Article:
I understand that black holes have so much stress-energy, that even light cannot escape them. Now based on that, I would understand it so, that it the black hole gets near enough to anything, the black hole will pull it inside itself. So basically nothing that is near enough the black hole, no macro object can stay intact, because the black hole will spaghettify it and pull it inside itself.

I have read this:


It says that the biggest observable object in the universe is a quasar, that has a black hole inside it.

Now how is that possible, would the black hole not pull the quasar's material inside the black hole itself? Would the black hole not spaghettify all the material in the quasar and pull it inside?


  1. How can any singular macro object (like a quasar) stay intact with a black hole inside it?

  2. How can a black hole exist inside any singular macro object without spaghettifying and pulling all the material from the macro object inside the black hole?

  • $\begingroup$ Q: How do the Earth and the other planets keep from falling in to the Sun? A: They orbit the Sun. Despite the Sun's enormous gravity, it actually is substantially harder to send a spacecraft from Earth to the Sun than it is to send one completely out of the Solar System. $\endgroup$ – user205719 Sep 7 '18 at 17:28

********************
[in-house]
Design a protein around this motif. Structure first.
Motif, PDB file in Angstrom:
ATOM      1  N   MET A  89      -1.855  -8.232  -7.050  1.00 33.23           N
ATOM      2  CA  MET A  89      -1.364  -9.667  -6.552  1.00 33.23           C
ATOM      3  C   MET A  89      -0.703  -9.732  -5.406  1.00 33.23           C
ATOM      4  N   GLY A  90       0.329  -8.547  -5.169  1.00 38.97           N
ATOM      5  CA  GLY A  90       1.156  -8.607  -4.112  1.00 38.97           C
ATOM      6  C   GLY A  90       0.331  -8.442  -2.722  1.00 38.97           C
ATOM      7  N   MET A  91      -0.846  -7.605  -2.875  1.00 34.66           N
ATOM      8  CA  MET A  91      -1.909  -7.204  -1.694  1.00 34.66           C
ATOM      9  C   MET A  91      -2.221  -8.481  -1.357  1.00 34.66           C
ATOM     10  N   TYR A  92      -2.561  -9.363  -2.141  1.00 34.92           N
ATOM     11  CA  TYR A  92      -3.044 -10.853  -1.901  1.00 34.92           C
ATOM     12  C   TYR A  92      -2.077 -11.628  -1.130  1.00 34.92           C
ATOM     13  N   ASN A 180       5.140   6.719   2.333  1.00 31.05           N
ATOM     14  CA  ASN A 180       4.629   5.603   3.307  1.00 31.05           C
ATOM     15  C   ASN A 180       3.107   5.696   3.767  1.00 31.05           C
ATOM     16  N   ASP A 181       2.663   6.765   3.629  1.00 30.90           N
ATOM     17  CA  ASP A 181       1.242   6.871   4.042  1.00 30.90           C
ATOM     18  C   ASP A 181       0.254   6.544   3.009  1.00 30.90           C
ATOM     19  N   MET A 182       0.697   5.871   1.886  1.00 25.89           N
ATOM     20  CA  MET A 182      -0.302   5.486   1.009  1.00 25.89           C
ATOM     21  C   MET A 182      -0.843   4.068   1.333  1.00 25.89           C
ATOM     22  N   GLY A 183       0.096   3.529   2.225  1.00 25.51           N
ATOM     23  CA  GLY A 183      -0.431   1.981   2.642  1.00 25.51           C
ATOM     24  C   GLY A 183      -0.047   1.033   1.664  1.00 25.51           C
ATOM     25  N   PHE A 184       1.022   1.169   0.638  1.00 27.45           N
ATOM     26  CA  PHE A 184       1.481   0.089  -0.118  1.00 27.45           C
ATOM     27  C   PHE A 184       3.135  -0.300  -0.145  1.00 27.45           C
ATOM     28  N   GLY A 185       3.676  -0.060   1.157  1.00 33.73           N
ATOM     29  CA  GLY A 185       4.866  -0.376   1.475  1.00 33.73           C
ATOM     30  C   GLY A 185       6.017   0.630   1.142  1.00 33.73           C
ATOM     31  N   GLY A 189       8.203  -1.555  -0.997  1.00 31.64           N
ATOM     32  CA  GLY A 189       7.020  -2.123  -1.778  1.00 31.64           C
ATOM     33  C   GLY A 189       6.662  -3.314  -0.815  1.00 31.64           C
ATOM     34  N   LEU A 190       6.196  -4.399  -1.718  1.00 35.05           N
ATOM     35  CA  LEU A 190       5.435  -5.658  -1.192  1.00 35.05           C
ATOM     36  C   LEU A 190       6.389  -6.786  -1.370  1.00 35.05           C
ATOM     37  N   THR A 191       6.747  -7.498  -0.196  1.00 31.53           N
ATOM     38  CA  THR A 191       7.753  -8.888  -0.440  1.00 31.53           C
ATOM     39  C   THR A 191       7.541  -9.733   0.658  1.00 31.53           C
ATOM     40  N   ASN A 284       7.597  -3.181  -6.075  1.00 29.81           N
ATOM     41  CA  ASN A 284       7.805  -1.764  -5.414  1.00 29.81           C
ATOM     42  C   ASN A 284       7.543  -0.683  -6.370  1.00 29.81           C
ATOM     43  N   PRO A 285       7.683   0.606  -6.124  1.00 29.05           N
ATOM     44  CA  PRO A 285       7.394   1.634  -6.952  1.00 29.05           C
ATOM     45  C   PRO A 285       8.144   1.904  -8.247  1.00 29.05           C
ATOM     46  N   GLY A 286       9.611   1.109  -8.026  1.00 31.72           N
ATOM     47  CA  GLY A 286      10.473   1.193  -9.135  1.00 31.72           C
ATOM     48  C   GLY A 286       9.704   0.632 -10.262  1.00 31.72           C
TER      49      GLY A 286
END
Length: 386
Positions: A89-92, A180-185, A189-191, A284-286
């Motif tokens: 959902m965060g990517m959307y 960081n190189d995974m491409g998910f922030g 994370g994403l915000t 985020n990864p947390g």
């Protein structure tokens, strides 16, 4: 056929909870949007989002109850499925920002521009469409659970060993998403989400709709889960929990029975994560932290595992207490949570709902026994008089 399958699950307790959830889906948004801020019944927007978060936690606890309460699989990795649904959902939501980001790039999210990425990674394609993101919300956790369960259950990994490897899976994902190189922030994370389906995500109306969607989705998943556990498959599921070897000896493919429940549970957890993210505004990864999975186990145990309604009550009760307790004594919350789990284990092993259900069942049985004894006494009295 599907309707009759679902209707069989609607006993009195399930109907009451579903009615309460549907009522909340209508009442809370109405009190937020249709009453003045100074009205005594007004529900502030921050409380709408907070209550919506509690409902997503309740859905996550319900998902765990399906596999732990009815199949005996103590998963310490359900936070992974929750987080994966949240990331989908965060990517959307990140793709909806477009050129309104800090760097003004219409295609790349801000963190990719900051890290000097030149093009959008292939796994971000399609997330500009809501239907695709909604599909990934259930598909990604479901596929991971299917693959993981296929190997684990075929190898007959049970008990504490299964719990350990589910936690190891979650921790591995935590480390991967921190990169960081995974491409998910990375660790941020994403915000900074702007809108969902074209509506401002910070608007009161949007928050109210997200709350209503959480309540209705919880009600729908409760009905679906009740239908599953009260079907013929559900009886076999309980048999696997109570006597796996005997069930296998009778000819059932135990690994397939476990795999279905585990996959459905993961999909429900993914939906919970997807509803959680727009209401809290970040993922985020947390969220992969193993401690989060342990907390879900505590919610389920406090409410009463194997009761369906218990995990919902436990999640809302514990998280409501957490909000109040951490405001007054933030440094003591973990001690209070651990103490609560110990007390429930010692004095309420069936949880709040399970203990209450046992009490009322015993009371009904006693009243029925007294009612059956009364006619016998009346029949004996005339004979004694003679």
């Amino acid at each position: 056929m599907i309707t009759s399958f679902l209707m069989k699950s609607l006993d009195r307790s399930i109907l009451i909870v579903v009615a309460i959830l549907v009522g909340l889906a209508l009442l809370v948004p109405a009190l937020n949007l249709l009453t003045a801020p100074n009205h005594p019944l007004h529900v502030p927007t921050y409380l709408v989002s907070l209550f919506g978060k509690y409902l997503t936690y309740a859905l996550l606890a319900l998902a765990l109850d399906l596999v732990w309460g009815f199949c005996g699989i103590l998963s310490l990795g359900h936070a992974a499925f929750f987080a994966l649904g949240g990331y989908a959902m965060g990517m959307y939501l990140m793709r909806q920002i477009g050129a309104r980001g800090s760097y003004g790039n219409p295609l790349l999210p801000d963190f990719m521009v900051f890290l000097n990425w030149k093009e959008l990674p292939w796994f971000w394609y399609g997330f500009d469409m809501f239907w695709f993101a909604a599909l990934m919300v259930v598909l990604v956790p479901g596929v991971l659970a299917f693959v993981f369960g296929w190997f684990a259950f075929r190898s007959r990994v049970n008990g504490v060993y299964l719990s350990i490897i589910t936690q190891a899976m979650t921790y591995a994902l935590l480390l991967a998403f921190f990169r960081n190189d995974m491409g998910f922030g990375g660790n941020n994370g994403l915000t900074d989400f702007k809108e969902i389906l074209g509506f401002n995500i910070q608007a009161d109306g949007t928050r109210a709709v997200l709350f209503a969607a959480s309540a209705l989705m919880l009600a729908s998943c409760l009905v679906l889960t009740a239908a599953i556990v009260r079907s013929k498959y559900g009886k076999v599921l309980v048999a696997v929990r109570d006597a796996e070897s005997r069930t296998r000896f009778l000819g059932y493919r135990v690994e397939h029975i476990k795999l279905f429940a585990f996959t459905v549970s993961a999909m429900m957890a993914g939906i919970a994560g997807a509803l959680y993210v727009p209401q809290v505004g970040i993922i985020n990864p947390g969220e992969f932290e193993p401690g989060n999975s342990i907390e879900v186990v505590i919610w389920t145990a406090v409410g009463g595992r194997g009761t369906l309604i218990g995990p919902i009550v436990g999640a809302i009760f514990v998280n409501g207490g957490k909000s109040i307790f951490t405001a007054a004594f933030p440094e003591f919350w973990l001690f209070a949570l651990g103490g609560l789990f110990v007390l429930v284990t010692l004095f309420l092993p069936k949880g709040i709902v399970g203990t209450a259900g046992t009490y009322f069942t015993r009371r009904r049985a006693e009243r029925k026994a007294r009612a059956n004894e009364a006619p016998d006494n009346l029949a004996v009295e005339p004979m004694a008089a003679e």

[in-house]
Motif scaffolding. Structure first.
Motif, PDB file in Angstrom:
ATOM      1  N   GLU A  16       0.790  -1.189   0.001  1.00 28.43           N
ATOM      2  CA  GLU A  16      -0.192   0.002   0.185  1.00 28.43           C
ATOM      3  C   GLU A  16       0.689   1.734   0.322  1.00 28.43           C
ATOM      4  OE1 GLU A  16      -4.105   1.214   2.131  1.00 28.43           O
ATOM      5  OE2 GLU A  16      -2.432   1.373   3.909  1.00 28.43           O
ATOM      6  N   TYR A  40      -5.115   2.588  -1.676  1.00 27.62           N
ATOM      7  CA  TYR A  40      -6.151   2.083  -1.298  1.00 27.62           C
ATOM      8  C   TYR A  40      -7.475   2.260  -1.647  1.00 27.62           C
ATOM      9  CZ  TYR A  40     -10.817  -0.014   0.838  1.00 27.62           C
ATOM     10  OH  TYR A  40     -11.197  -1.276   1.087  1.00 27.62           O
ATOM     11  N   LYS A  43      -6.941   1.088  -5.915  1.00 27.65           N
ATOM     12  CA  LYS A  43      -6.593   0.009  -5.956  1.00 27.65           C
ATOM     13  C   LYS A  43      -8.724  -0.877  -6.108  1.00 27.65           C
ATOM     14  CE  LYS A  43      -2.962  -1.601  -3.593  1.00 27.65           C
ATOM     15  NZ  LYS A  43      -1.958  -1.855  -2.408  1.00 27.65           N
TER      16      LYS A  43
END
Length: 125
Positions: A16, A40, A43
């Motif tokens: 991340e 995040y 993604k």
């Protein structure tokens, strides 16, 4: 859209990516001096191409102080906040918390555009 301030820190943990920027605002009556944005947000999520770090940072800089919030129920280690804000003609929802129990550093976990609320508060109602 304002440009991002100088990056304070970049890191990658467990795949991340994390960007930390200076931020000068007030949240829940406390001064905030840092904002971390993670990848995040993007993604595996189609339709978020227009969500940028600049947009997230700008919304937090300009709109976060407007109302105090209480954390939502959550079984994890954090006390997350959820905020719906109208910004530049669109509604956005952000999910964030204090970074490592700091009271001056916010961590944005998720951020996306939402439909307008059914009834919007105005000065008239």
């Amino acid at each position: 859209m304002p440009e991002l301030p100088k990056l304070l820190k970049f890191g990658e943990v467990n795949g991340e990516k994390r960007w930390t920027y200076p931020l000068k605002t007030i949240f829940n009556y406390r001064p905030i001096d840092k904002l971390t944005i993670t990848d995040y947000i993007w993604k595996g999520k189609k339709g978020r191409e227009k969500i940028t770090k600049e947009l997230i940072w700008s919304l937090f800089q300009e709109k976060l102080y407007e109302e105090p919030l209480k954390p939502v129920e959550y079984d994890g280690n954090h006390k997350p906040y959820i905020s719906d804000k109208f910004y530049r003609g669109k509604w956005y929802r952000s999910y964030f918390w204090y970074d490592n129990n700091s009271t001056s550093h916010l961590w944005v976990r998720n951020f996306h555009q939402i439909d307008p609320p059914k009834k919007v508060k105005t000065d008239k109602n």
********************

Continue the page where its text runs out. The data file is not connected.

• $\begingroup$ @besmirched can you please tell me how this relates to my question where a black hole is inside the quasar? $\endgroup$ – Árpád Szendrei Sep 7 '18 at 17:30
  • $\begingroup$ I meant to suggest that the reason why everything in an active galactic nucleus doesn't just fall in to the black hole all at once is, that most of the stuff orbits the black hole. What I don't know how to explain is, why those orbits slowly decay, so that there always is a stream of in-falling matter to feed the quasar. $\endgroup$ – user205719 Sep 7 '18 at 18:34
  • $\begingroup$ @besmirched so you are saying that the quasar's material is orbiting the black hole from far away? $\endgroup$ – Árpád Szendrei Sep 7 '18 at 18:43
  • 1
    $\begingroup$ Quasars and other active galactic nuclei have a lot of stuff orbiting the central black hole. However, there is also an accretion disk there where matter is interacting with itself that it loses energy through friction that it spirals inwards. This releases a lot of energy. $\endgroup$ – Anders Sandberg Sep 7 '18 at 19:04

Imagine filling a bathtub and then pulling the plug. For a while there would be water in a bathtub with a hole at the bottom. But the water would not be 'staying intact' it would be draining, it just will not happen instantaneously.

Likewise, a single object with a black hole inside of it would not be staying intact, it would be accreting matter onto the black hole. And since there are various limits on the rate at which material could be absorbed by the black hole, it will not be instantaneous and it could possibly take billions of years or more to 'pull all the material inside'.

One should be aware of the following aspects of black hole material accretion: